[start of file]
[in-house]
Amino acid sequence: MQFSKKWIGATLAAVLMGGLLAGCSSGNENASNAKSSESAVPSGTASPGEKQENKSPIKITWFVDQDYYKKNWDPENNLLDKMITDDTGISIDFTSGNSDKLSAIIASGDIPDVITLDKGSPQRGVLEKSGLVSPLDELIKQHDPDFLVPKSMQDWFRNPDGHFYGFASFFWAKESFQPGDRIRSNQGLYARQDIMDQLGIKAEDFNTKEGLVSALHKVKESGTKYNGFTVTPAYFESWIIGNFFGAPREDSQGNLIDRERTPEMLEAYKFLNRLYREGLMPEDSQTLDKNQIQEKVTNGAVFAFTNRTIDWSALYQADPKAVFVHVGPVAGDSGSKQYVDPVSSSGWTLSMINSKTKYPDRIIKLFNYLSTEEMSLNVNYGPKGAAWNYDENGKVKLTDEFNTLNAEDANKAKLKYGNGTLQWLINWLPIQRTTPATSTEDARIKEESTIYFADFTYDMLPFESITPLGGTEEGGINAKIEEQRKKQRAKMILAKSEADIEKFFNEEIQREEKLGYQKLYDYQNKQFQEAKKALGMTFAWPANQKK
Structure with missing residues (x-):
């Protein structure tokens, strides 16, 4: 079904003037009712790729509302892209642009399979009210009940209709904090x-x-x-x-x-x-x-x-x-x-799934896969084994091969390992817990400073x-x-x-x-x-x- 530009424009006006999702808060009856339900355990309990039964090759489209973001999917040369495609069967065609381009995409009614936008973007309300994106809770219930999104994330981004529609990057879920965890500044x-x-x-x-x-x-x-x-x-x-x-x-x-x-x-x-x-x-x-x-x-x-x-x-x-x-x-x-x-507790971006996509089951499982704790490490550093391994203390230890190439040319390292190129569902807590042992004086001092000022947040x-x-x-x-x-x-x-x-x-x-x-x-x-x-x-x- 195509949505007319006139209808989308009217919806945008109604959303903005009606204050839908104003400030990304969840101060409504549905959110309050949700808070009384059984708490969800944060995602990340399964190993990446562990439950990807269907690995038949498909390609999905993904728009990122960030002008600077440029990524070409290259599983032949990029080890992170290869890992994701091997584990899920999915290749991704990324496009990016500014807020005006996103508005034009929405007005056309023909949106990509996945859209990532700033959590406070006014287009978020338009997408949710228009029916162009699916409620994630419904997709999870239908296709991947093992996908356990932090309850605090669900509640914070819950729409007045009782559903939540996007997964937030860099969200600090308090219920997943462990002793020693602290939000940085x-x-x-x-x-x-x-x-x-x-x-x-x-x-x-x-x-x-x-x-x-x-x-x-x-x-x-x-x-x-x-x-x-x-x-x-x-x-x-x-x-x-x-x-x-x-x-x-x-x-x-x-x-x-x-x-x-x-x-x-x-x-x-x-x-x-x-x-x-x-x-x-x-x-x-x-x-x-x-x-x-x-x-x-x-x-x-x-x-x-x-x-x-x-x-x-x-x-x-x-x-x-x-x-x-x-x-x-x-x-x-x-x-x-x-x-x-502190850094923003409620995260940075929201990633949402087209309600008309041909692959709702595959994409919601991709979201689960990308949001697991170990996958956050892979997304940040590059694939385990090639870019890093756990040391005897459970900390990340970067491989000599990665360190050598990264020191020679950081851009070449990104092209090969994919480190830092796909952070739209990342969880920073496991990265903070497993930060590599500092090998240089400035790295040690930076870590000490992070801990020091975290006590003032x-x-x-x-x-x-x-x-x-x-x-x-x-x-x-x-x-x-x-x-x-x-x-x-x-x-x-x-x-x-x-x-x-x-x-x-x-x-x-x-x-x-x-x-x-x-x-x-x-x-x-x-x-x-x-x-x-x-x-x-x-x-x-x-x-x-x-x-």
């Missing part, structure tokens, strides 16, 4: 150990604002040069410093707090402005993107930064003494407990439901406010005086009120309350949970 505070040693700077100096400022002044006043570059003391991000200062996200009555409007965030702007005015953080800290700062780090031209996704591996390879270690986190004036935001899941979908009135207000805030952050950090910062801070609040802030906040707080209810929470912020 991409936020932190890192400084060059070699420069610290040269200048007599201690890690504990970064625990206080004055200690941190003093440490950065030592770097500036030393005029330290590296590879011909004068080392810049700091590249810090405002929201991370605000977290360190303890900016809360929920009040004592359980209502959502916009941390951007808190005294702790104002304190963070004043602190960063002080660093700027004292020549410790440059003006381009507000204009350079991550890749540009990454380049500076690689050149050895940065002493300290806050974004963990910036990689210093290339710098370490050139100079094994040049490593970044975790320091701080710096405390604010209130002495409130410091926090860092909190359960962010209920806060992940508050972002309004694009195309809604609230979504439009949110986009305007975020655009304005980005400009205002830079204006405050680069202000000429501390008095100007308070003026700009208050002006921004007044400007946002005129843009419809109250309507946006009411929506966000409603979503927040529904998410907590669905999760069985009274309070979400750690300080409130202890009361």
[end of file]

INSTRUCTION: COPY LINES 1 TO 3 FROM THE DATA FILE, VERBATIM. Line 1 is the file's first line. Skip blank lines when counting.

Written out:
[in-house]
Amino acid sequence: MQFSKKWIGATLAAVLMGGLLAGCSSGNENASNAKSSESAVPSGTASPGEKQENKSPIKITWFVDQDYYKKNWDPENNLLDKMITDDTGISIDFTSGNSDKLSAIIASGDIPDVITLDKGSPQRGVLEKSGLVSPLDELIKQHDPDFLVPKSMQDWFRNPDGHFYGFASFFWAKESFQPGDRIRSNQGLYARQDIMDQLGIKAEDFNTKEGLVSALHKVKESGTKYNGFTVTPAYFESWIIGNFFGAPREDSQGNLIDRERTPEMLEAYKFLNRLYREGLMPEDSQTLDKNQIQEKVTNGAVFAFTNRTIDWSALYQADPKAVFVHVGPVAGDSGSKQYVDPVSSSGWTLSMINSKTKYPDRIIKLFNYLSTEEMSLNVNYGPKGAAWNYDENGKVKLTDEFNTLNAEDANKAKLKYGNGTLQWLINWLPIQRTTPATSTEDARIKEESTIYFADFTYDMLPFESITPLGGTEEGGINAKIEEQRKKQRAKMILAKSEADIEKFFNEEIQREEKLGYQKLYDYQNKQFQEAKKALGMTFAWPANQKK
Structure with missing residues (x-):